A recent report published by the Office of National Statistics show that half of the population are now married and that one in six couples now cohabit. For those cohabiting it is important that they are aware that there is no such term as “common law marriage”. Just by living together for a long period of time does not give couples who are not married the same or similar rights to those who are married. If you are cohabiting you may find your financial position is precarious if your relationship were to break down as you would not have the same rights as those couples who are married. There are however ways to protect yourself. At Carr & Co we have specialists to assist you every step of the way.
If you intend to share your home together then it is advisable for you to show your clear intentions of cohabitation. If the property is purchased in Joint Names then it is important to have a document registered with the Title Deeds to show the terms of ownership. This document is known as a “Declaration of Trust” which will outline what shares you are each entitled to and what would happen if either of you wanted the property to be sold. Agreeing it at the outset will ensure that there is no room for dispute later on if either of you cannot agree.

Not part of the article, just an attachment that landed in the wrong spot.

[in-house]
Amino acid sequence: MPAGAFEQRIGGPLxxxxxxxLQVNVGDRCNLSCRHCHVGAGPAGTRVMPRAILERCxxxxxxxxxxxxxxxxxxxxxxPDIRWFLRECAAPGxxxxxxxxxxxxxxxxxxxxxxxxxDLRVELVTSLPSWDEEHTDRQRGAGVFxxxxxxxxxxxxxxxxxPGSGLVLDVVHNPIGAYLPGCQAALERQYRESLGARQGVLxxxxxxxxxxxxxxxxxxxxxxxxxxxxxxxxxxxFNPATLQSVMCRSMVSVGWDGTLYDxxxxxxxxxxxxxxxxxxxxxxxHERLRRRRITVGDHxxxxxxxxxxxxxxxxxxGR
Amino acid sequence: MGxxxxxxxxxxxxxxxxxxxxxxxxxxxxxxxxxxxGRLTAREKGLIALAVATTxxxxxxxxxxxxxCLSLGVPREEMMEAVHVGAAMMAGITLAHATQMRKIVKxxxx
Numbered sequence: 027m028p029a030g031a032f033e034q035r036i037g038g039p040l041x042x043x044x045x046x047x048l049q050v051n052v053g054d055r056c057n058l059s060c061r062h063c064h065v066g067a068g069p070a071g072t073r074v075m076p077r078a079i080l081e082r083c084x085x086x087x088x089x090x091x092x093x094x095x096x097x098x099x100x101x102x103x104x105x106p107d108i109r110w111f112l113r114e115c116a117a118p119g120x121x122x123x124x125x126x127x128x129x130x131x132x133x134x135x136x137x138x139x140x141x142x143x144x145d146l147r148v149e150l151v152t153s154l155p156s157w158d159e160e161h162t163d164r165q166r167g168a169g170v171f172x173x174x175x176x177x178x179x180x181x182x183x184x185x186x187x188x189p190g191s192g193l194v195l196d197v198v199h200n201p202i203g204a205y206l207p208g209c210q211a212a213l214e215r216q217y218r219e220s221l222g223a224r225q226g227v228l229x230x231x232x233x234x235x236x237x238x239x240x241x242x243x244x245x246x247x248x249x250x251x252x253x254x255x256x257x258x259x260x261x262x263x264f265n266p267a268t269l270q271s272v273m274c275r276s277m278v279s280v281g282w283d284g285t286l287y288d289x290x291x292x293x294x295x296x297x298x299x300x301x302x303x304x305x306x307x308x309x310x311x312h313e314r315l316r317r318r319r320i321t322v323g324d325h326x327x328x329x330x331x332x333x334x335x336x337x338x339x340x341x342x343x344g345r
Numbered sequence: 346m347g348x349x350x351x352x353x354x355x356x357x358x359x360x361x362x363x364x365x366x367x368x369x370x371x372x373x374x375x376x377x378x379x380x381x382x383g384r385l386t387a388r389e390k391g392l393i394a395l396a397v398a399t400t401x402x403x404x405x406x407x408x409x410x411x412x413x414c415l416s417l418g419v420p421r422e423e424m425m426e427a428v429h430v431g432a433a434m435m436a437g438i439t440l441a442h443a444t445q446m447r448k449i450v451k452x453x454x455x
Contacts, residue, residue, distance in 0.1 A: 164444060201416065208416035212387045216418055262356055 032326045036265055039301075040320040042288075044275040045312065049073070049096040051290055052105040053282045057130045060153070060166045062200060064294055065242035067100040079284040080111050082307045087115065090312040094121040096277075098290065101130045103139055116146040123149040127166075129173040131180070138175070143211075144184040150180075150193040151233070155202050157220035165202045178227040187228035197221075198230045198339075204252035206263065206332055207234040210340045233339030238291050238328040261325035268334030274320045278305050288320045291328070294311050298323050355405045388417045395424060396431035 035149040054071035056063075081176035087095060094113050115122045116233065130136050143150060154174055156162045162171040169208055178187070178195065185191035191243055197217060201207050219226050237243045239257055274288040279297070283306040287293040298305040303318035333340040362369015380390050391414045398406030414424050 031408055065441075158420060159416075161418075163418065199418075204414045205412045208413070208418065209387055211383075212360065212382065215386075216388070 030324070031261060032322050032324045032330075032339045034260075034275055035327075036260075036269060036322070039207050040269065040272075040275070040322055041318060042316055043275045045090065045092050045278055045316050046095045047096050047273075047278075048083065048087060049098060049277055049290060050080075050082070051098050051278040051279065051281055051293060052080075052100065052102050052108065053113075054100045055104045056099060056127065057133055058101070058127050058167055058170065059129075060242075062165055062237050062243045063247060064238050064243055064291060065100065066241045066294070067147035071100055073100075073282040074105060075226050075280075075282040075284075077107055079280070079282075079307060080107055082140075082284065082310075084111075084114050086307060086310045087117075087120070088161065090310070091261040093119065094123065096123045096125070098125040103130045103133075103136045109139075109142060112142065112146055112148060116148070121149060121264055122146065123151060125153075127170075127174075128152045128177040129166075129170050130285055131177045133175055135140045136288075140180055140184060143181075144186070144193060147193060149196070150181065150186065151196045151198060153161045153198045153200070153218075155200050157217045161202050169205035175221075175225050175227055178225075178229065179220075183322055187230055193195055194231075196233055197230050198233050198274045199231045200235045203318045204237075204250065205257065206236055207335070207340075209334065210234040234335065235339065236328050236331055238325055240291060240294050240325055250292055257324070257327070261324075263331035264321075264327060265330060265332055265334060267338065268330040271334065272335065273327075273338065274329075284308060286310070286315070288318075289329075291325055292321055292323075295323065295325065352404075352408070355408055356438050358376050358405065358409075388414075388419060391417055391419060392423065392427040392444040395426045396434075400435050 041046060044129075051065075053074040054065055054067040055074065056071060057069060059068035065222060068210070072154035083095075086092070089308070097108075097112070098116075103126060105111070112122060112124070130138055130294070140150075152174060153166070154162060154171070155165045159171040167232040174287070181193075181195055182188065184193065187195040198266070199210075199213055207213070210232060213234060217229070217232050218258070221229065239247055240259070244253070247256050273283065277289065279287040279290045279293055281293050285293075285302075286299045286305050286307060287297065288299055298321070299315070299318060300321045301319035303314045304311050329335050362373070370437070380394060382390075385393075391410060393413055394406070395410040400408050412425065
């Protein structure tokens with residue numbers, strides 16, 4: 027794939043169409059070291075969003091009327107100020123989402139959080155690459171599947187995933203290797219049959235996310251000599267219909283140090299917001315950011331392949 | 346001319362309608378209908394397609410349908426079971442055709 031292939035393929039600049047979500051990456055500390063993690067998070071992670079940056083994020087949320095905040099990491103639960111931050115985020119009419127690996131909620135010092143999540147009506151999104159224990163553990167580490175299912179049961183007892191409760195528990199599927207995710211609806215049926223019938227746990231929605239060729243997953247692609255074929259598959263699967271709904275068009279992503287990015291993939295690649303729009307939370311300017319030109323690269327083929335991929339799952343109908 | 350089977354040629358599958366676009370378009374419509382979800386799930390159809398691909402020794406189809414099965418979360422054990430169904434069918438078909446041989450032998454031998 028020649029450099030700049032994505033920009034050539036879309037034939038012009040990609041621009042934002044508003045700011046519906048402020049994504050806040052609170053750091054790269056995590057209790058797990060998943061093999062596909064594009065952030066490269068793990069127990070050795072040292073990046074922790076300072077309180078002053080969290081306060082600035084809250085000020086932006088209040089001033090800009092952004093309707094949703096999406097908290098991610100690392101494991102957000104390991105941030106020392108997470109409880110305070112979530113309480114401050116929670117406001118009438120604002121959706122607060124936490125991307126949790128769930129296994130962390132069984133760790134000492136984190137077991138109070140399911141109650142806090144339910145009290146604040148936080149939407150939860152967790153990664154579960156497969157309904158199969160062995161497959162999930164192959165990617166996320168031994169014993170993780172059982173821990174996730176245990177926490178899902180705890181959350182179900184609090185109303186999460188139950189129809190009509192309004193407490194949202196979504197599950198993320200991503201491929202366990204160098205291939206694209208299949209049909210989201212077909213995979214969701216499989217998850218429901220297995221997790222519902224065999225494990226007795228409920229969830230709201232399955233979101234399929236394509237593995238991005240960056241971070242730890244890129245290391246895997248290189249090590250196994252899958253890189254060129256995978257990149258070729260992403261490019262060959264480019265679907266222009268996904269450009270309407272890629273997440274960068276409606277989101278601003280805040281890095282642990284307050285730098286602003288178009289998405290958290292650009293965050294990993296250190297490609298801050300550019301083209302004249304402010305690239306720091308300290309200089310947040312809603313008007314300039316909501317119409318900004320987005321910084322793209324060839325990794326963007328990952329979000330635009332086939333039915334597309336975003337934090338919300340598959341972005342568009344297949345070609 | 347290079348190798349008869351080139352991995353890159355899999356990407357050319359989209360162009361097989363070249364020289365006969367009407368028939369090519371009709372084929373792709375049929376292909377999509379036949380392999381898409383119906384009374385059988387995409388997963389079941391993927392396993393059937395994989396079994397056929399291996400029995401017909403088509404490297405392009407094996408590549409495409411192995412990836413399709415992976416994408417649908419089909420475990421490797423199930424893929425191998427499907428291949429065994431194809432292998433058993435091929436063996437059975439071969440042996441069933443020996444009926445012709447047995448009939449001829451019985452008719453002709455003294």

It is advisable to enter into one of these when moving in together so that you can indicate your intentions as to how assets should be owned and what would be your intentions if you were to separate. A Cohabitation Agreement is binding in law and can protect any future claims.
Who would benefit from your Pension?
Unmarried couples would not benefit from Pension Sharing which is available for those couples who are divorcing. If you are not married you would not have a claim on your partner’s pension. You can however protect yourselves whilst you are together by nominating each other to be the beneficiary on death of any pensions you each may have. This would ensure that as far as the pension is concerned, the surviving partner is provided for.
Life Insurance and Income Protection Insurance Insure your lives and income to make sure that you are both protected if anything were to happen to either of you. This is especially important if either of you significantly contribute to the household finances or have children.
Make a Will
If either or you were to die without having made a Will provision the surviving partner is not automatically entitled to the other’s estate. This is called dying intestate. Ensure you provide for your loved ones and make a Will. If all else fails…….GET MARRIED or enter into a CIVIL PARTNERSHIP.
For specialist advice on cohabitation or any of the above related issues contact one of our family specialists today.